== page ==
The other thing I noticed was the editing/camera switches. There were quite a few times that this felt a little overload, like the director was saying, “See? See? We’ve got all these angles we can give you since you weren’t there in person!!!!”

Neil Patrick Harris and Patti LuPone. Photo by Joseph Marzullo/WENN.

“Another Hundred People”, which is my favorite song of the show for some reason I can’t fathom, started out similarly slow and I was a little sad at Anika Noni Rose’s Marta as a result, but the third (and final) segment of the song finally got to the powerhouse singing I knew and loved from this song.

I had been a little nervous when I heard that Stephen Colbert was going to be in the show, but was happily impressed with his take on the character of Harry. His singing was not what I expected, especially in “Sorry — Grateful”, coming across clipped in an almost Rex Harrison-esque manner.

I wrote earlier that this was pretty much a full-on staging — that included a full on karate demonstration between Harry and Martha Plimpton’s Sarah and a make-out session between Harris and Christina Hendricks’ April. And my inner teenager, who started getting those odd feelings you don’t quite know what to do with in puberty right around when Doogie Houser, M.D. premiered and who had a huge crush on Harris back then, had a major wish fulfillment granted with Harris taking off his shirt during said make-out session.

LuPone’s “Ladies Who Lunch” was … not a disappointment per se, but having had just seen her sing that song in the 2010 Sondheim: The Birthday Concert via Netflix instant play just last week was a little disheartened when she sang the song pretty much the same way (although I did feel for the poor schmos in the front row who got a dash of ‘vodka stinger’ during the end).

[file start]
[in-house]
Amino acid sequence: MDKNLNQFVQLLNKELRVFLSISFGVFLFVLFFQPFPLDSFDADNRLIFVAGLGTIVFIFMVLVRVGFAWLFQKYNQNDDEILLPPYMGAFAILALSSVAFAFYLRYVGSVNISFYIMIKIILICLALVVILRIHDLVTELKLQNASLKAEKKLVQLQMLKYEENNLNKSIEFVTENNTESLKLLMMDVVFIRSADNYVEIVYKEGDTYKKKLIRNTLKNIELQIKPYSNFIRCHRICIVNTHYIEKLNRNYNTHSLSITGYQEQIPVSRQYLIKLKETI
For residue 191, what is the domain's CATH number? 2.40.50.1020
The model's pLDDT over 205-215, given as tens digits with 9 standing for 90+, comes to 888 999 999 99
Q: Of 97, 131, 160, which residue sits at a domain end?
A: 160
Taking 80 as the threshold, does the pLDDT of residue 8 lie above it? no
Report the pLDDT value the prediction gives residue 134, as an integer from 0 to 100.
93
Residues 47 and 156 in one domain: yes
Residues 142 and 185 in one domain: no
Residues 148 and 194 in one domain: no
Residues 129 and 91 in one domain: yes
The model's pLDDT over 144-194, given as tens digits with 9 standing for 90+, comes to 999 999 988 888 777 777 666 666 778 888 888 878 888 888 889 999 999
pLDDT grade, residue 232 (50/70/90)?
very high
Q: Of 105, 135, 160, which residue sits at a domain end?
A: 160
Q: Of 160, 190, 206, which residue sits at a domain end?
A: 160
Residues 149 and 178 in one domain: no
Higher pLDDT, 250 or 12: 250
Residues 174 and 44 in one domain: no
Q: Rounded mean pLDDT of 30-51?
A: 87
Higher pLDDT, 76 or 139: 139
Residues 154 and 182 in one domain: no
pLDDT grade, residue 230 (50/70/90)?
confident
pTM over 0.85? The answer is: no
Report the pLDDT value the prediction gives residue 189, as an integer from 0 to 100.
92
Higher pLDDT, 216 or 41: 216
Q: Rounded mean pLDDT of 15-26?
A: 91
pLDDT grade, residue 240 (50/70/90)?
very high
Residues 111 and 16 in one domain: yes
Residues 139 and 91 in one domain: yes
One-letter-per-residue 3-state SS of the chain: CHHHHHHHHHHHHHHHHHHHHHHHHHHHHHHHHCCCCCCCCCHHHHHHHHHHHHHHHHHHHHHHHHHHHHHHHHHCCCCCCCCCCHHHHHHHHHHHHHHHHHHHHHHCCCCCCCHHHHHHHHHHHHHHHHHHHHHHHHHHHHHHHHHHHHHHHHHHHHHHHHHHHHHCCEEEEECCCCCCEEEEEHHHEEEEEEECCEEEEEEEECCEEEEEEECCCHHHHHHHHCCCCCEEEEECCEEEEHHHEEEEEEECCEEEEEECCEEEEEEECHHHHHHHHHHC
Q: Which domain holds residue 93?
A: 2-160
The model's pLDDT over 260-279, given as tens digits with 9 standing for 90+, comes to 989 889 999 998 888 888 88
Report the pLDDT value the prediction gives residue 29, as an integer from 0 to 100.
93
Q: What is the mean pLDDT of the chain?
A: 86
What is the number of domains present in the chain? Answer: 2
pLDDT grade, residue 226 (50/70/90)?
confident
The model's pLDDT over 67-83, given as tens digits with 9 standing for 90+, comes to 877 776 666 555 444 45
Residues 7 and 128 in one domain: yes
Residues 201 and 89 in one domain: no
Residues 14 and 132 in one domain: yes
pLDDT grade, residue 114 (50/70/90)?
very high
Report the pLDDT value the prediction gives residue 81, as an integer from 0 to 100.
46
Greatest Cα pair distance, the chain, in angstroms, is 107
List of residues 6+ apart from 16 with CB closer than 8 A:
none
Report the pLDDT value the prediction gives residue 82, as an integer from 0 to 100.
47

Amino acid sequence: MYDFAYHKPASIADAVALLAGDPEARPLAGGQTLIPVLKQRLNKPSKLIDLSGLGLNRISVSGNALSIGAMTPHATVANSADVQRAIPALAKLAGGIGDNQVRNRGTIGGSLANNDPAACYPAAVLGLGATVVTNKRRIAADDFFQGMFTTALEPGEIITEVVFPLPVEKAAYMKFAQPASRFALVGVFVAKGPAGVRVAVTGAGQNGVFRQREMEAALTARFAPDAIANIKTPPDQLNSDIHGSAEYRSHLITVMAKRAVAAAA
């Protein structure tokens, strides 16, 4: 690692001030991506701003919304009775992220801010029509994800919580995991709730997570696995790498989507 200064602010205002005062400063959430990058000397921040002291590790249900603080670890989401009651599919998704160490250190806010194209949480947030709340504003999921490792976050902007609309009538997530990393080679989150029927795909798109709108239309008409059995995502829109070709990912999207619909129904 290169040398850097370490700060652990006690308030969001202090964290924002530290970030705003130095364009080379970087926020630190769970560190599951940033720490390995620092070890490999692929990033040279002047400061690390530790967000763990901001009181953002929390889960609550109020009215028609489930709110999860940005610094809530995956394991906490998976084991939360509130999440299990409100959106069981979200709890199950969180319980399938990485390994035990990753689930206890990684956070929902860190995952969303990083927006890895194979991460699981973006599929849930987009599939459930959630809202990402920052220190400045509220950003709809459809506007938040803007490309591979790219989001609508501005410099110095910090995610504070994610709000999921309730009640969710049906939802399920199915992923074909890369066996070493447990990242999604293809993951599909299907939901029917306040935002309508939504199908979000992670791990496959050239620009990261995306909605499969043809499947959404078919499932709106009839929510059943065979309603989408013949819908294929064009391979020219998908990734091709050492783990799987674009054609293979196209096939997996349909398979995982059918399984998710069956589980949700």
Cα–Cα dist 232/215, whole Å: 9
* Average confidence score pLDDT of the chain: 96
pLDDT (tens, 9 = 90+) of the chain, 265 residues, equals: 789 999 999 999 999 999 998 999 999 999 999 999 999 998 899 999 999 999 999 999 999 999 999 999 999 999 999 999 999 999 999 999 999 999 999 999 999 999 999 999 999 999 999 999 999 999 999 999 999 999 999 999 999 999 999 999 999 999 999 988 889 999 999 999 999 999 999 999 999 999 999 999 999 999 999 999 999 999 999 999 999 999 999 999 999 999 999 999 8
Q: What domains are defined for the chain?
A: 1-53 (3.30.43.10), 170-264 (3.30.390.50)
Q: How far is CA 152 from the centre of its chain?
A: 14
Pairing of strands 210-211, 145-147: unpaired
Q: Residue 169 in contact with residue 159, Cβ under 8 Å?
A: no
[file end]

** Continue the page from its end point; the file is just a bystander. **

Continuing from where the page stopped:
The cast of Company. Photo by Rob Rich/DKC Public Relations.

Finally, obviously having seen Harris as Toby in the Sweeny Todd in Concert and as the title character in Dr. Horrible, I was familiar with his work as a singer. But while he was the lead in Dr. Horrible, it’s only about 40 minutes long. So, seeing him take the lead in a full show was worth every penny.

The best joke? When Craig Bierko — as Peter — asks Harris almost McCarthy-esque, “Have you ever had a homosexual experience?”, Harris paused, giving a look that said, “Really? REALLY?” which was that much more amusing if you know ANYTHING about Harris’s personal life.

This was really the first time I was able to see him carry a show, and it was great to see Harris go toe to toe with LuPone … and hold his own. I was very happy with his performance.

Per this production: my viewing was tainted a little, as the theatre had a group of young teens who were obviously there for Harris (their squeal of delight at Harris’s undressing was a clue), who obviously had no idea as to what exactly they were seeing (their ‘that’s it?’ at the end of the show), and who were whispering fairly audibly during the entire show despite being shushed by me and several other patrons more than once. And even though the version the Philharmonic recorded had a place for an intermission, the movie theatre just went right through it.

All in all, I was extremely satisfied with the production, and am hopeful that they release it on DVD for purchase. As of this review, there are still three more chances to see it – tonight, the 19th, and the 21st. Go here for more information as to buying tickets.